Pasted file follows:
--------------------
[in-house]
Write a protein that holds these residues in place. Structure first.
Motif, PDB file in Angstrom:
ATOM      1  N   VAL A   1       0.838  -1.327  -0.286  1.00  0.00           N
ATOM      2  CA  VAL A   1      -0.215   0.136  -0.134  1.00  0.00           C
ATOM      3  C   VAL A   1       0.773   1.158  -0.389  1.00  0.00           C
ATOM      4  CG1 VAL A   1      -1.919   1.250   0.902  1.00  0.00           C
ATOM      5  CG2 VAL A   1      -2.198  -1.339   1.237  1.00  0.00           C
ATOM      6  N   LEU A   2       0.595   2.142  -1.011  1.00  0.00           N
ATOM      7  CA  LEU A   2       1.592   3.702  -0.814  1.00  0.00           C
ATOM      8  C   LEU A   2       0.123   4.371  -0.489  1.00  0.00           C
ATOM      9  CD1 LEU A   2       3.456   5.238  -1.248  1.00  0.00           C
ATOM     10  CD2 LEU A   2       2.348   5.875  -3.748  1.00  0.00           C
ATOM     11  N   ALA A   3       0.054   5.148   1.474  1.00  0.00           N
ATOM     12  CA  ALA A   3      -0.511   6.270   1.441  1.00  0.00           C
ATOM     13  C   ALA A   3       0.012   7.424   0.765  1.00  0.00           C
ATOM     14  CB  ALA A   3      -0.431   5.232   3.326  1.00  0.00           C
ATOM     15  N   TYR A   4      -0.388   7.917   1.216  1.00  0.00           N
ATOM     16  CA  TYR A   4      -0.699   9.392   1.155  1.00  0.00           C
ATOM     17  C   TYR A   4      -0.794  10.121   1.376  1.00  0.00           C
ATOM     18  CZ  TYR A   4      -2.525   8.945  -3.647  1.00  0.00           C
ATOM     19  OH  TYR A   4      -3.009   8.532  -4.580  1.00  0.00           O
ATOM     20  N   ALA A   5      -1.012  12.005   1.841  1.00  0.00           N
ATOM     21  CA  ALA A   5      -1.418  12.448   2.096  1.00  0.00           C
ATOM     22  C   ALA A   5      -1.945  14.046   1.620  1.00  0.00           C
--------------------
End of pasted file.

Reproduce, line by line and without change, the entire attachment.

[in-house]
Write a protein that holds these residues in place. Structure first.
Motif, PDB file in Angstrom:
ATOM      1  N   VAL A   1       0.838  -1.327  -0.286  1.00  0.00           N
ATOM      2  CA  VAL A   1      -0.215   0.136  -0.134  1.00  0.00           C
ATOM      3  C   VAL A   1       0.773   1.158  -0.389  1.00  0.00           C
ATOM      4  CG1 VAL A   1      -1.919   1.250   0.902  1.00  0.00           C
ATOM      5  CG2 VAL A   1      -2.198  -1.339   1.237  1.00  0.00           C
ATOM      6  N   LEU A   2       0.595   2.142  -1.011  1.00  0.00           N
ATOM      7  CA  LEU A   2       1.592   3.702  -0.814  1.00  0.00           C
ATOM      8  C   LEU A   2       0.123   4.371  -0.489  1.00  0.00           C
ATOM      9  CD1 LEU A   2       3.456   5.238  -1.248  1.00  0.00           C
ATOM     10  CD2 LEU A   2       2.348   5.875  -3.748  1.00  0.00           C
ATOM     11  N   ALA A   3       0.054   5.148   1.474  1.00  0.00           N
ATOM     12  CA  ALA A   3      -0.511   6.270   1.441  1.00  0.00           C
ATOM     13  C   ALA A   3       0.012   7.424   0.765  1.00  0.00           C
ATOM     14  CB  ALA A   3      -0.431   5.232   3.326  1.00  0.00           C
ATOM     15  N   TYR A   4      -0.388   7.917   1.216  1.00  0.00           N
ATOM     16  CA  TYR A   4      -0.699   9.392   1.155  1.00  0.00           C
ATOM     17  C   TYR A   4      -0.794  10.121   1.376  1.00  0.00           C
ATOM     18  CZ  TYR A   4      -2.525   8.945  -3.647  1.00  0.00           C
ATOM     19  OH  TYR A   4      -3.009   8.532  -4.580  1.00  0.00           O
ATOM     20  N   ALA A   5      -1.012  12.005   1.841  1.00  0.00           N
ATOM     21  CA  ALA A   5      -1.418  12.448   2.096  1.00  0.00           C
ATOM     22  C   ALA A   5      -1.945  14.046   1.620  1.00  0.00           C